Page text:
So some people do feel like they have distinct, "mixes" in their voice, while others perceive that mixing sensation moving throughout their range as a gentle and gradual stretch into the upper part of their voice. None of that's right or wrong, it just comes down to how you perceive your voice. 

Misconception #5: Everyone can learn to mix with the same handful of vocal exercises

A: Oh, how I wish this were true! But here's an analogy that I use a lot with my students:  Imagine a map of the United States and we're all trying to get to "mixed land", which is Chicago. Some of us are located in Seattle, some in LA, and others in Atlanta. If I only gave directions to Chicago from Atlanta, what are the people in LA and Seattle going to do with that information? That doesn't help them whatsoever.

It's the same thing with our voice, and this is why I feel like a lot of the information online gets confusing for singers, because they're taking information that could work for one person, or perhaps one vocal tendency, and hoping that those same vocal exercises or that same advice will going to work for them. 

It's important to understand that there may be certain exercises or processes to finding that balance in your voice that will work, and others that won't. (Keep reading to the end of this blog post to learn about our upcoming Mix Course that can help you discover your correct path!)

Misconception #6: When I learn to mix, I will never feel the transition in my voice again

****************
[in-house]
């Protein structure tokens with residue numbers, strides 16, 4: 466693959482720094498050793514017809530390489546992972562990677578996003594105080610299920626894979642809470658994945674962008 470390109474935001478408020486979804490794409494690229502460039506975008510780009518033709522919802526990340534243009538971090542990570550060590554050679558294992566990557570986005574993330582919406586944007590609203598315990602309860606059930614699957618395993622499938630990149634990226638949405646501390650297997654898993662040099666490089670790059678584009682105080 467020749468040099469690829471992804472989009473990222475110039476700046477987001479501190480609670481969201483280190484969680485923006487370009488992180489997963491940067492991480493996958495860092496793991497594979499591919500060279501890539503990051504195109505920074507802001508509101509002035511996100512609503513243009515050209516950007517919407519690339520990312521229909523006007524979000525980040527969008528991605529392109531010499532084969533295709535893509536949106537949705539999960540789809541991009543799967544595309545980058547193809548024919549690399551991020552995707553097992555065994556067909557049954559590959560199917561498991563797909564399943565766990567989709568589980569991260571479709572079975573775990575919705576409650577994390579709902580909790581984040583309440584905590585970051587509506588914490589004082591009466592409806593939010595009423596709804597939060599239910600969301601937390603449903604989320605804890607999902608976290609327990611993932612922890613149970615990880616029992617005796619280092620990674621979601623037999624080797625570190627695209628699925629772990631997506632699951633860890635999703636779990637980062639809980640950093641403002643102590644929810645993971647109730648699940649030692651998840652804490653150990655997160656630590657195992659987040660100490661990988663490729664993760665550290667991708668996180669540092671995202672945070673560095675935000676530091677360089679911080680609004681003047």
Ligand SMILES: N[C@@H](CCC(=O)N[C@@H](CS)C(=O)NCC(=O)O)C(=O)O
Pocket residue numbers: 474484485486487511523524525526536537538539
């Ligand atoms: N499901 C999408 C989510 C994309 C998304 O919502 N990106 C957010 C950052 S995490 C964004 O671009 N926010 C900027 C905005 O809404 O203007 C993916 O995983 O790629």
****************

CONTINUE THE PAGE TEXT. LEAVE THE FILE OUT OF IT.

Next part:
A: I always tell my students to get rid of the expectation that they'll no longer feel the "break" in their voice. When they hear that, all of a sudden it frees them up to try new things, keep working on their voice and trust that their voice is doing the right thing even though they can still feel the mechanics of it.

An analogy I like is, think of a race car driver who is in a souped-up manual car. They still have to shift gears from one to the next, yet out on the race track, all we see is a race car just gradually accelerating. But inside, that race car driver is aware of when the car is moving from, "one register to another" - one gear to another.

I think this is important for singers to understand that over time, as this blend in your voice gets more developed, it will feel easier. It won't feel as severe as it did at the beginning, but it's never going to feel like nothing. Of course you will know what's going on, you're the one driving the car! It's your instrument, the instrument is not outside of yourself, it's a part of your body and you are going to be aware of what it feels like. And it's totally okay, get rid of that expectation for yourself and it will really free you to try new things.

I think if I could give singers any advice, I would just say to be kind and patient with yourself. Learning to sing in any capacity and to have an understanding of mixing through the passages takes time and real exploration.

Navigating online singing advice can be confusing for singers because what works for one person might not work for you. Singing is personal! This is why Chelsea is developing an online Mix Voice Course that focuses on personalized lesson plans based on self-assessments so that singers can find solutions that fit their specific needs.

Want to get more information about Chelsea's upcoming mix voice course? Click here to get on the waitlist, and be notified when it becomes available! 

In the meantime, you can join BVC Masterclass to gain access to Chelsea's monthly Mix Masterclass, which you can attend live or rewatch the recording. Click here to learn more about the all-new BVC Masterclass subscription.

If you're interested in diving deeper into this interview or exploring other interesting musical theatre conversations, check out the Broadway Vocal Coach podcast! Or check us out on Instagram, and get involved in the conversation!